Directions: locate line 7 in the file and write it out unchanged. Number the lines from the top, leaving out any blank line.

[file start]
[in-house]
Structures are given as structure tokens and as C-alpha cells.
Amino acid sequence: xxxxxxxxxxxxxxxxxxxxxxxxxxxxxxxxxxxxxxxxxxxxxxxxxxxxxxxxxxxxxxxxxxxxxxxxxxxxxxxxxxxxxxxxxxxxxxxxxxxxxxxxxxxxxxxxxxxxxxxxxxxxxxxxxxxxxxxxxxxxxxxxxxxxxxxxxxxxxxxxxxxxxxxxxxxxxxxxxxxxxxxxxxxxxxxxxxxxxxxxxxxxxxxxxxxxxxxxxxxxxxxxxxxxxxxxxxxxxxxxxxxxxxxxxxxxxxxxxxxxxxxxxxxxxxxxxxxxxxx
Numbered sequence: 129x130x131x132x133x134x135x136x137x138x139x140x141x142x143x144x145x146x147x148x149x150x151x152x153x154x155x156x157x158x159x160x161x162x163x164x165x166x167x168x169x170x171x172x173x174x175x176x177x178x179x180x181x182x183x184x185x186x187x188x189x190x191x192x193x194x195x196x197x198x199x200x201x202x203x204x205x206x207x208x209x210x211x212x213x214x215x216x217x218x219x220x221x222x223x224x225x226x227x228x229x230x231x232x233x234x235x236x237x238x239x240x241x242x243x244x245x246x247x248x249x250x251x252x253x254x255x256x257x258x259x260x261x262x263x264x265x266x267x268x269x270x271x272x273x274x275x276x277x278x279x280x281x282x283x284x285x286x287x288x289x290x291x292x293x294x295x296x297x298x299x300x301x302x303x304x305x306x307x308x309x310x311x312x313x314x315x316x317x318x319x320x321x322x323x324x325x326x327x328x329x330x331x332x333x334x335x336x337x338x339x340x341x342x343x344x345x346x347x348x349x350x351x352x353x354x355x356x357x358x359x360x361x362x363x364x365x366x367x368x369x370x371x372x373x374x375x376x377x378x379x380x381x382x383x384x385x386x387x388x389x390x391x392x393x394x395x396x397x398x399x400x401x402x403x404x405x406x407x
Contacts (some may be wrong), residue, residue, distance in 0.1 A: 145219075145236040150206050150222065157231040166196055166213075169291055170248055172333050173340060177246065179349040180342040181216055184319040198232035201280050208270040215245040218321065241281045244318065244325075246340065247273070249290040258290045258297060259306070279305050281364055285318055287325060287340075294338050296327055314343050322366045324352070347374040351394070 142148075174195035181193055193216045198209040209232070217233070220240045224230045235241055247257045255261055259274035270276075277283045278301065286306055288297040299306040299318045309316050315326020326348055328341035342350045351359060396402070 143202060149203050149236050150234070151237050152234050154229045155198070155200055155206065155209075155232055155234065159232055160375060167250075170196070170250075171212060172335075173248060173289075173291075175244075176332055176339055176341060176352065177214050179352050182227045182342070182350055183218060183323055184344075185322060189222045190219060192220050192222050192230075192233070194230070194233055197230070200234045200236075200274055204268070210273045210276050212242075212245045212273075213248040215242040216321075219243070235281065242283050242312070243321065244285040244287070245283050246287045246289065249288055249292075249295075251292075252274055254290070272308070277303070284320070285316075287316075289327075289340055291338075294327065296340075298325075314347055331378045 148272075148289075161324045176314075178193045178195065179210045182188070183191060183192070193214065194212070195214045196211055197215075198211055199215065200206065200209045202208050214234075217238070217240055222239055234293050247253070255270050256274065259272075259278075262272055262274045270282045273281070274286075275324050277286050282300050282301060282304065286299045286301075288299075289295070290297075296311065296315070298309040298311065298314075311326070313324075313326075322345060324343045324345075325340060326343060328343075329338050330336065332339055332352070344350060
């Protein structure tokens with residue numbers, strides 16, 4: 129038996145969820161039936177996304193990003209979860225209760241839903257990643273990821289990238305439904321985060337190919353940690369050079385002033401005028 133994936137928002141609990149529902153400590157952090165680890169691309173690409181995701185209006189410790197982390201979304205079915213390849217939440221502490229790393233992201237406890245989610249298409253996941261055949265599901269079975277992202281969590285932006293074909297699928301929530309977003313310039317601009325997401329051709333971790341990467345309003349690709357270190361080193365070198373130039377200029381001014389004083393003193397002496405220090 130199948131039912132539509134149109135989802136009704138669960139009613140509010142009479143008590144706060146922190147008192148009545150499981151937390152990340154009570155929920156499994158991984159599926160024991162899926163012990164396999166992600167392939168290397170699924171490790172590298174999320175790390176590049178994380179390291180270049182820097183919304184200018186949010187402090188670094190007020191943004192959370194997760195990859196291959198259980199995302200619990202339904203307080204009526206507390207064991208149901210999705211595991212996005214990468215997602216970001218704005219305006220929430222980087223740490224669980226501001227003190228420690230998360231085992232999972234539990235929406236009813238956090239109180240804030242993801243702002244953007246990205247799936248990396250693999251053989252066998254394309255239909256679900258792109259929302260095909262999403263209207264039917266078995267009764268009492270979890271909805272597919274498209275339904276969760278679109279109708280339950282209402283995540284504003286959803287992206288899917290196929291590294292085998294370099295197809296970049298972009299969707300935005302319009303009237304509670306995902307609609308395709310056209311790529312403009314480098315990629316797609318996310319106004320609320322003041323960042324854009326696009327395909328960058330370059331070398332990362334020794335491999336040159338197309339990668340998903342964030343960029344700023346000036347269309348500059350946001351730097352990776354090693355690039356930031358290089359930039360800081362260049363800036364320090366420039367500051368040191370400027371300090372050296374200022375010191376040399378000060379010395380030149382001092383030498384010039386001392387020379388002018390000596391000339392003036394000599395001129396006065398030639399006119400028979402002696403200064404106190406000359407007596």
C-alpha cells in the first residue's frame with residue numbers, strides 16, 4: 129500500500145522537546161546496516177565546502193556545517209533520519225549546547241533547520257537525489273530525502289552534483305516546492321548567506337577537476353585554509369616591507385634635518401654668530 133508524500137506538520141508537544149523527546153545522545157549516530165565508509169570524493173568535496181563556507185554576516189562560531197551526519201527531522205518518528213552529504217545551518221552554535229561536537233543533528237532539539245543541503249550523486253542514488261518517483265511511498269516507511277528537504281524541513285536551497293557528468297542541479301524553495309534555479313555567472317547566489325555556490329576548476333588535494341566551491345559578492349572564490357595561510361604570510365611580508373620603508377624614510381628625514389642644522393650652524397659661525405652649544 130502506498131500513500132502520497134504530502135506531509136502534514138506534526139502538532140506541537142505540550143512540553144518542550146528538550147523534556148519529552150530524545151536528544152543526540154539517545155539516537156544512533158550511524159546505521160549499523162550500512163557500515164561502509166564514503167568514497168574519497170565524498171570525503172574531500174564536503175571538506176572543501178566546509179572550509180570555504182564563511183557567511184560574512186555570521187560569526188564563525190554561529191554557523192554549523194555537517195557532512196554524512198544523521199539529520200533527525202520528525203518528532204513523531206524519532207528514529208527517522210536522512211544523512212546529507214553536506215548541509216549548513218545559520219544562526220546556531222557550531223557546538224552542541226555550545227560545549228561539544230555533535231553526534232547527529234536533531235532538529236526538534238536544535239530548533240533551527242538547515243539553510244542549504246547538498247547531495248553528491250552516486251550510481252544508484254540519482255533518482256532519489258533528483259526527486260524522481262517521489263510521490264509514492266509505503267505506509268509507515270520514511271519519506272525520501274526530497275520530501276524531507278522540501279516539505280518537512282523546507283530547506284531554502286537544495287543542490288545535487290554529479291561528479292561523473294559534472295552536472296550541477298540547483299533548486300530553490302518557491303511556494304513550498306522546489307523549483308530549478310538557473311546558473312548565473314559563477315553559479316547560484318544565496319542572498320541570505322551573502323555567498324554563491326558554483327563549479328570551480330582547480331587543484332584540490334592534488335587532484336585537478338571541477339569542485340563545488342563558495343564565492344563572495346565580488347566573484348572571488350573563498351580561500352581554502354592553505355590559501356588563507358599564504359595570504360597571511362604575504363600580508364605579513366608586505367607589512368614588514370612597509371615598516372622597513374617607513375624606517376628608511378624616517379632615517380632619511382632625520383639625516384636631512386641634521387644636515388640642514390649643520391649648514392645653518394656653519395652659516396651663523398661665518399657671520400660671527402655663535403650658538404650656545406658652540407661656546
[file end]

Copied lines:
C-alpha cells in the first residue's frame with residue numbers, strides 16, 4: 129500500500145522537546161546496516177565546502193556545517209533520519225549546547241533547520257537525489273530525502289552534483305516546492321548567506337577537476353585554509369616591507385634635518401654668530 133508524500137506538520141508537544149523527546153545522545157549516530165565508509169570524493173568535496181563556507185554576516189562560531197551526519201527531522205518518528213552529504217545551518221552554535229561536537233543533528237532539539245543541503249550523486253542514488261518517483265511511498269516507511277528537504281524541513285536551497293557528468297542541479301524553495309534555479313555567472317547566489325555556490329576548476333588535494341566551491345559578492349572564490357595561510361604570510365611580508373620603508377624614510381628625514389642644522393650652524397659661525405652649544 130502506498131500513500132502520497134504530502135506531509136502534514138506534526139502538532140506541537142505540550143512540553144518542550146528538550147523534556148519529552150530524545151536528544152543526540154539517545155539516537156544512533158550511524159546505521160549499523162550500512163557500515164561502509166564514503167568514497168574519497170565524498171570525503172574531500174564536503175571538506176572543501178566546509179572550509180570555504182564563511183557567511184560574512186555570521187560569526188564563525190554561529191554557523192554549523194555537517195557532512196554524512198544523521199539529520200533527525202520528525203518528532204513523531206524519532207528514529208527517522210536522512211544523512212546529507214553536506215548541509216549548513218545559520219544562526220546556531222557550531223557546538224552542541226555550545227560545549228561539544230555533535231553526534232547527529234536533531235532538529236526538534238536544535239530548533240533551527242538547515243539553510244542549504246547538498247547531495248553528491250552516486251550510481252544508484254540519482255533518482256532519489258533528483259526527486260524522481262517521489263510521490264509514492266509505503267505506509268509507515270520514511271519519506272525520501274526530497275520530501276524531507278522540501279516539505280518537512282523546507283530547506284531554502286537544495287543542490288545535487290554529479291561528479292561523473294559534472295552536472296550541477298540547483299533548486300530553490302518557491303511556494304513550498306522546489307523549483308530549478310538557473311546558473312548565473314559563477315553559479316547560484318544565496319542572498320541570505322551573502323555567498324554563491326558554483327563549479328570551480330582547480331587543484332584540490334592534488335587532484336585537478338571541477339569542485340563545488342563558495343564565492344563572495346565580488347566573484348572571488350573563498351580561500352581554502354592553505355590559501356588563507358599564504359595570504360597571511362604575504363600580508364605579513366608586505367607589512368614588514370612597509371615598516372622597513374617607513375624606517376628608511378624616517379632615517380632619511382632625520383639625516384636631512386641634521387644636515388640642514390649643520391649648514392645653518394656653519395652659516396651663523398661665518399657671520400660671527402655663535403650658538404650656545406658652540407661656546